Epson will soon release their Moverio BT-200 augmented reality smart glasses. The smart glasses cover the field of vision of the user and are capable of producing both 2D and 3D graphics. Unlike Google Glass which has a monocular eyepiece outside your line of sight, the Moverio covers your field of view as regular glass frames would.
Each lens produces its own independent view, thereby giving the Moverio the ability to produce 3D graphics. The Moverio’s plastic frames produce a 960 x 540 resolution display in front of each eye. A camera and motion sensor are built in the smart glasses. The design of the glasses takes into account those who wear prescription glasses allowing them to rest the smart glasses on top of their regular frames. A clip-in prescription frame set is also available for those who want a more lightweight system.
The computer graphics produced by the Moverio are overlayed on top what the user sees in the real world around them. The Moverio runs on Google OS so what the user sees is a transparent Android interface.
Eric Mizufuka, product manager for new products at Epson America, in a recent interview with Slashgear explains,
“I think you have, going into it, this consumer perception where most people haven’t tried Glass and they don’t understand that it’s a very small screen outside of your field of view… Glass did an awesome, awesome job of finding a use-case and building for that use case, which is a comfortable way for a always-on, out-of-the-way device that fits naturally into your lifestyle. Whereas we want to be in your field of view, we want a large image, we want to do 3D, we want to be the de-facto augmented reality smart glasses.”
The Moverio comes with an external control box inside of which is a 1.2GHz TI OMAP 4460 processor, 1GB of RAM, 8GB of storage and a microSD slot, WiFi b/g/n, Bluetooth 3.0 and a touchpad used for navigation and control. Unlike Glass which has a built-in battery, the Moverio’s battery is also stored within the external control box, a sacrifice Epson made in order to provide higher display capabilities.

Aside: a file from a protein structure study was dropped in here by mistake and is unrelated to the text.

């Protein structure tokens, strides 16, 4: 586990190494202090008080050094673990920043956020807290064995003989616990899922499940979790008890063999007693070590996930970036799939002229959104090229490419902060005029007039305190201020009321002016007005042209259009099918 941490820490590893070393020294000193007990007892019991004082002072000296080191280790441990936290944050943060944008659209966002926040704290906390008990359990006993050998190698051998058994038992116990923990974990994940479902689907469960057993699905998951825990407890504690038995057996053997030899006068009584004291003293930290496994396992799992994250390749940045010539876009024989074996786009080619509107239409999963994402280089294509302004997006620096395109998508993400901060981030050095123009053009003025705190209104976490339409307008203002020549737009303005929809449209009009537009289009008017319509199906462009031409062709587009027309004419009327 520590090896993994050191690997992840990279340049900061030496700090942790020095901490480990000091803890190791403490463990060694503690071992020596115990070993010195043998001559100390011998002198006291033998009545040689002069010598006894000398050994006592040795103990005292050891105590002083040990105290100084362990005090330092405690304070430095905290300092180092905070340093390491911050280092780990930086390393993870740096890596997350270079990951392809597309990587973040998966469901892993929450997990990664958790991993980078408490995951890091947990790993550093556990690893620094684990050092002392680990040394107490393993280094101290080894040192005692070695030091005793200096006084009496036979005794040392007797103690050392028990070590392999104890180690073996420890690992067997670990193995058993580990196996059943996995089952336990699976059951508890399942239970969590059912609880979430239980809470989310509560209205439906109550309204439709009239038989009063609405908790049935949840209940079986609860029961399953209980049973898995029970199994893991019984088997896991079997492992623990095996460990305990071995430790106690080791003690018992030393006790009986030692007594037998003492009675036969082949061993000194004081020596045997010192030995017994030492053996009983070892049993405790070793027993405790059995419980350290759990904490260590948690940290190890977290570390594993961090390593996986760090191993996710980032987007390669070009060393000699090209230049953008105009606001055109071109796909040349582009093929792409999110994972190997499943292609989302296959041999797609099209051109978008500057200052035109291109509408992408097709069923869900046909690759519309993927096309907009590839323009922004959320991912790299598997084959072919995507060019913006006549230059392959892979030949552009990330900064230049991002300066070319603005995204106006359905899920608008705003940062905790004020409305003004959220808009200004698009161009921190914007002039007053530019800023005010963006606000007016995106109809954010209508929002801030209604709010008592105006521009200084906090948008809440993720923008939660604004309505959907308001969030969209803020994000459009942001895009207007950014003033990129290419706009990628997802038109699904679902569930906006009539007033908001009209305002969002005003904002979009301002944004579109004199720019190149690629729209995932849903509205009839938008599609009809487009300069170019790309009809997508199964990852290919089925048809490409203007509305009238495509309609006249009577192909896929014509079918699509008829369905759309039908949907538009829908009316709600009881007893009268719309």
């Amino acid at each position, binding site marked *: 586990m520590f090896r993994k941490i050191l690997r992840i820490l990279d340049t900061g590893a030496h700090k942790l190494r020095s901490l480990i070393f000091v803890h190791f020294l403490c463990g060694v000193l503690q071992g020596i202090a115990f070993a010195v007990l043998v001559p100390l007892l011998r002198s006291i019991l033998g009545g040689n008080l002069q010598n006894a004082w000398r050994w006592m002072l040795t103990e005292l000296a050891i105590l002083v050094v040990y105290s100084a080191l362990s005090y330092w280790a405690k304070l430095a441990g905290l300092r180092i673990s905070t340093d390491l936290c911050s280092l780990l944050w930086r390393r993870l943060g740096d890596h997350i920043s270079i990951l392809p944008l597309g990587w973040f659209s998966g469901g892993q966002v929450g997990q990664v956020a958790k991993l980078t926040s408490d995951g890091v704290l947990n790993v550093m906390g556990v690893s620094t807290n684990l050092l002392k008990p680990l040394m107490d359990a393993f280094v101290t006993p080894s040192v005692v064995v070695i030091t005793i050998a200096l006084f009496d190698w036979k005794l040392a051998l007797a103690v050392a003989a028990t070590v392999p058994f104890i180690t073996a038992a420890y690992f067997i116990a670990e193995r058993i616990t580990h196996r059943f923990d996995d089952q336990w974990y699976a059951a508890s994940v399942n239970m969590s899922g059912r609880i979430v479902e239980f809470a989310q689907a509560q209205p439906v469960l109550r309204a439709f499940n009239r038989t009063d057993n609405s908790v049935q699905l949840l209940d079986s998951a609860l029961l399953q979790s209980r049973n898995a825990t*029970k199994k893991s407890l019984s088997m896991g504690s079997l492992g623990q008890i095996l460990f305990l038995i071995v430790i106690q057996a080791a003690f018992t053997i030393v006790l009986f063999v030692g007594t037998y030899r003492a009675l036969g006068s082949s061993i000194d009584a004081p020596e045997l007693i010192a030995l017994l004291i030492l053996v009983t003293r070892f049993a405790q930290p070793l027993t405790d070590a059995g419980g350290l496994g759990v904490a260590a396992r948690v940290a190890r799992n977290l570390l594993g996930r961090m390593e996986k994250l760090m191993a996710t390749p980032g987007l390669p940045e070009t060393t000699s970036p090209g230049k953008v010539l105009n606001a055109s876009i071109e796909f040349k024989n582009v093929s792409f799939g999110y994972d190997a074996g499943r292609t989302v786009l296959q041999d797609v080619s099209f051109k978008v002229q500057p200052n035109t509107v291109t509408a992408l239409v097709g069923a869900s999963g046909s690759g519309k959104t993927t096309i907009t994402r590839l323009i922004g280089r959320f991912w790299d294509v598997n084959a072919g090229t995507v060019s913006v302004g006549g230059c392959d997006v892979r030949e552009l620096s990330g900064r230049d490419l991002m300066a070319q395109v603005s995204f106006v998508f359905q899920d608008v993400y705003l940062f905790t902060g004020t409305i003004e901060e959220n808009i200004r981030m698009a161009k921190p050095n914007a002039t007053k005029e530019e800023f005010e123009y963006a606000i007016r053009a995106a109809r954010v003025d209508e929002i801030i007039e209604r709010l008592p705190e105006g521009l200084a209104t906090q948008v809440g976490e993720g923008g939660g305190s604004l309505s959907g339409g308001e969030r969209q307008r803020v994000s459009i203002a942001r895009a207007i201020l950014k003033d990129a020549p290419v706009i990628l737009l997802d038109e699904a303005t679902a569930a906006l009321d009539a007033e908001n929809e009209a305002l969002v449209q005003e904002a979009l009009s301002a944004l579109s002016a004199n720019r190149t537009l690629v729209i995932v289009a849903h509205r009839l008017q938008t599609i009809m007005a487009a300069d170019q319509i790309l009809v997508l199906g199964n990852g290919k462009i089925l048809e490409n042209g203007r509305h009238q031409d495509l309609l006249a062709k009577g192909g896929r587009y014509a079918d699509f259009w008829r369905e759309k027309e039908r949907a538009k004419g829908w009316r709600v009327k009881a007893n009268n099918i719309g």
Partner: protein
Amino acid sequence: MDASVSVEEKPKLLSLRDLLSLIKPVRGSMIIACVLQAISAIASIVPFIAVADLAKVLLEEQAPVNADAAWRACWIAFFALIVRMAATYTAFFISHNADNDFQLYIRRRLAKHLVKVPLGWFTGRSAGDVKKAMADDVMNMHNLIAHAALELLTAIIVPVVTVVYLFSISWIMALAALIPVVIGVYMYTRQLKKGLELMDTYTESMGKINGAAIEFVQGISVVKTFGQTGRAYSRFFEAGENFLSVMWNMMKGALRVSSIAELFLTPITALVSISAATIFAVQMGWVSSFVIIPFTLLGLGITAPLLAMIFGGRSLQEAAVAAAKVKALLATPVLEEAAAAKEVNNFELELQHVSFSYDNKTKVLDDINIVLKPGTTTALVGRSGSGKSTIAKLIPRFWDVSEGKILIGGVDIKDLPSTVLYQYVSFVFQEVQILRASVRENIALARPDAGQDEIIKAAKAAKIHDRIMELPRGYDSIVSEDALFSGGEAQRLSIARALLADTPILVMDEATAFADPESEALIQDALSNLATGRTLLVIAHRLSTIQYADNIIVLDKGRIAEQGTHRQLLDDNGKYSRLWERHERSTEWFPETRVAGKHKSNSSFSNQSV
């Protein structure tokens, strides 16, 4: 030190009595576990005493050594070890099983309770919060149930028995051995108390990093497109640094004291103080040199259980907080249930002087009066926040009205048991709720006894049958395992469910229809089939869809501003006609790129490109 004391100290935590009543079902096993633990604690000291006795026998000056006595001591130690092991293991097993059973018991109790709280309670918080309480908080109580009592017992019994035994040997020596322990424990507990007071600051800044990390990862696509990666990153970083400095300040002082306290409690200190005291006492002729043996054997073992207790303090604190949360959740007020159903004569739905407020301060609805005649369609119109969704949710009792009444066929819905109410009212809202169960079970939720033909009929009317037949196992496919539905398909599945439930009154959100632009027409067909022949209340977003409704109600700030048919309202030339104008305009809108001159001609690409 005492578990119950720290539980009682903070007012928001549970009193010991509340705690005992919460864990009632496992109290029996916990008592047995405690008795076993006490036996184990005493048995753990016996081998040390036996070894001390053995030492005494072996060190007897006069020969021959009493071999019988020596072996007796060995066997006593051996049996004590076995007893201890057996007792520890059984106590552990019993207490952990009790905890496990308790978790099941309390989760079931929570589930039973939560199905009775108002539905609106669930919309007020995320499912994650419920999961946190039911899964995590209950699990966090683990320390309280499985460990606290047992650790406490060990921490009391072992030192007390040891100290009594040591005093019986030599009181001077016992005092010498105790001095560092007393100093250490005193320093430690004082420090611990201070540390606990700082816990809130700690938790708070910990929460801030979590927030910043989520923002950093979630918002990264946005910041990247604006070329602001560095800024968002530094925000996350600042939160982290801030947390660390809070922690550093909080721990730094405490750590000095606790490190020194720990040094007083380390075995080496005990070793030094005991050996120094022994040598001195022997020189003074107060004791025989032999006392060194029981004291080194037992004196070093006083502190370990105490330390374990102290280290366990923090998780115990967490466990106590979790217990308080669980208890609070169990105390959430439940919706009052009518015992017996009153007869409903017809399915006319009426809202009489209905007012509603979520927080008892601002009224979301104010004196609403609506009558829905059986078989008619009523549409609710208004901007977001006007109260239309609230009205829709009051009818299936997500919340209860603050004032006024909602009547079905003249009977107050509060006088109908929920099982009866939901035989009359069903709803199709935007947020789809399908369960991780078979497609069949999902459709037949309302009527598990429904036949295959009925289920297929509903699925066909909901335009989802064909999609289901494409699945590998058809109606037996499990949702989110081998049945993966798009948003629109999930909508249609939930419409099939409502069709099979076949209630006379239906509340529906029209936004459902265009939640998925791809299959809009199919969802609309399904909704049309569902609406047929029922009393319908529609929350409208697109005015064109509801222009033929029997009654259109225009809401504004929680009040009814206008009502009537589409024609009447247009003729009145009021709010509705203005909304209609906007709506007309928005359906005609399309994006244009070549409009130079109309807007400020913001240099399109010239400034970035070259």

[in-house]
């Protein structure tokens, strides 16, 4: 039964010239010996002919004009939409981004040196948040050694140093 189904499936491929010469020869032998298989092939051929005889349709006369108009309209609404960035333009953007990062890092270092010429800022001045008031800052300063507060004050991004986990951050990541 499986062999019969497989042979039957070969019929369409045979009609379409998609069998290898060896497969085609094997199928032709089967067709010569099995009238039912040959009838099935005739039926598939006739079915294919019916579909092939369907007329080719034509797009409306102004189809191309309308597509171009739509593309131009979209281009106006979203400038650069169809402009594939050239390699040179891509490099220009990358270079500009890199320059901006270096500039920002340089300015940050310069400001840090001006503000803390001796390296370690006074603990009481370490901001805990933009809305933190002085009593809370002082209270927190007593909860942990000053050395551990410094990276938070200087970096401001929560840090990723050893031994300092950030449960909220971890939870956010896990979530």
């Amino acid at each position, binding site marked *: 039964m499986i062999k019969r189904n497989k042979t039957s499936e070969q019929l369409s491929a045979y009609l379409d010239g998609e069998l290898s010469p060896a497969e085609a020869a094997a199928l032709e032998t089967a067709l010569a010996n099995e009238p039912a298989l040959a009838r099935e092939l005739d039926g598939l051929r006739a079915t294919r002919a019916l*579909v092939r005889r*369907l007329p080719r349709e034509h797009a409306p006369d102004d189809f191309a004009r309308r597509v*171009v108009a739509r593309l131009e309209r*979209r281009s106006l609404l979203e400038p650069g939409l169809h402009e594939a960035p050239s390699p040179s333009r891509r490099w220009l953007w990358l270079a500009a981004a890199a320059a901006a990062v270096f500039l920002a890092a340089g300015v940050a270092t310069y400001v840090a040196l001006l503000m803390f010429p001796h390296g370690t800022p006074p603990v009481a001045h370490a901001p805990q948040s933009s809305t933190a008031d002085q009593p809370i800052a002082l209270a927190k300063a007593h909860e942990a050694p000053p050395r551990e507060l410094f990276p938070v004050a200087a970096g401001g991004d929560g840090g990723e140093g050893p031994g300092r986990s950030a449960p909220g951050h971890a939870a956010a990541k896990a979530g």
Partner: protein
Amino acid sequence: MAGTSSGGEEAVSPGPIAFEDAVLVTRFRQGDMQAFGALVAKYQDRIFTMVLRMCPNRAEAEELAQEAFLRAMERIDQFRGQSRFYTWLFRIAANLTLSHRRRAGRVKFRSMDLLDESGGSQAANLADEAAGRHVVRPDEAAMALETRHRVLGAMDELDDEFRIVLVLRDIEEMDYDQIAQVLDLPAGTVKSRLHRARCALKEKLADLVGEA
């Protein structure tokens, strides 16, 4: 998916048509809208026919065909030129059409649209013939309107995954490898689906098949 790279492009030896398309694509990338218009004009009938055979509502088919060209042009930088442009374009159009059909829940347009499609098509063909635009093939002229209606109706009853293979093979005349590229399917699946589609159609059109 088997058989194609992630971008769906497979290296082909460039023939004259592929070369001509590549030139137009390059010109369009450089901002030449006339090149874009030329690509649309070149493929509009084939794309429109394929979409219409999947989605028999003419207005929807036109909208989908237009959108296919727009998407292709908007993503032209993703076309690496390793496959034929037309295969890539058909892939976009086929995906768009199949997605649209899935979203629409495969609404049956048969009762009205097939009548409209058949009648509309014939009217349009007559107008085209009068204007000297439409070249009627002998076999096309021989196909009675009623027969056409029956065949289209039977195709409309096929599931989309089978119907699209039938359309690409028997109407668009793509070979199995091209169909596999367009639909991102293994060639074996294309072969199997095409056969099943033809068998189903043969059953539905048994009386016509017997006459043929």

“We have much larger displays [than Glass] and we have two of them; we have an always-on use-case, they’re always on” explains Mizufuka. “Since we also see ourselves as the augmented reality platform of choice for smart glasses, the camera’s also always on. So there are big power requirements, which [the separate box] addresses. You get up to six hours of battery life. Obviously there are some technological things we can do to lessen the power consumption in the near term.”
The touchpad allows for the Mozerio interface to be manipulated much like an Android Phone.
“Google’s taken a huge challenge on in building a unique UI, which is really cool but, for Epson, we needed to be as widely usable as possible. We wanted to utilize native Android. So the touchpad actually provides a relatively seamless experience, and it works with most Android apps out of the box” said Mizufuka.
An exciting feature that some developers are exploring with the Moverio is the “second screen experience”. Mizufuka explains it could be “an app that, you look at your TV, and you see your Twitter feed to the side, and actors and actresses above it, and maybe an IM chat with your friends about the game. And it all organizes around the TV, you’re not looking down [at a phone or tablet], it’s right there.”
Epson plans to start shipping the Moverio BT-200 in March. It can be pre-ordered for $699 from the Prelaunch.com.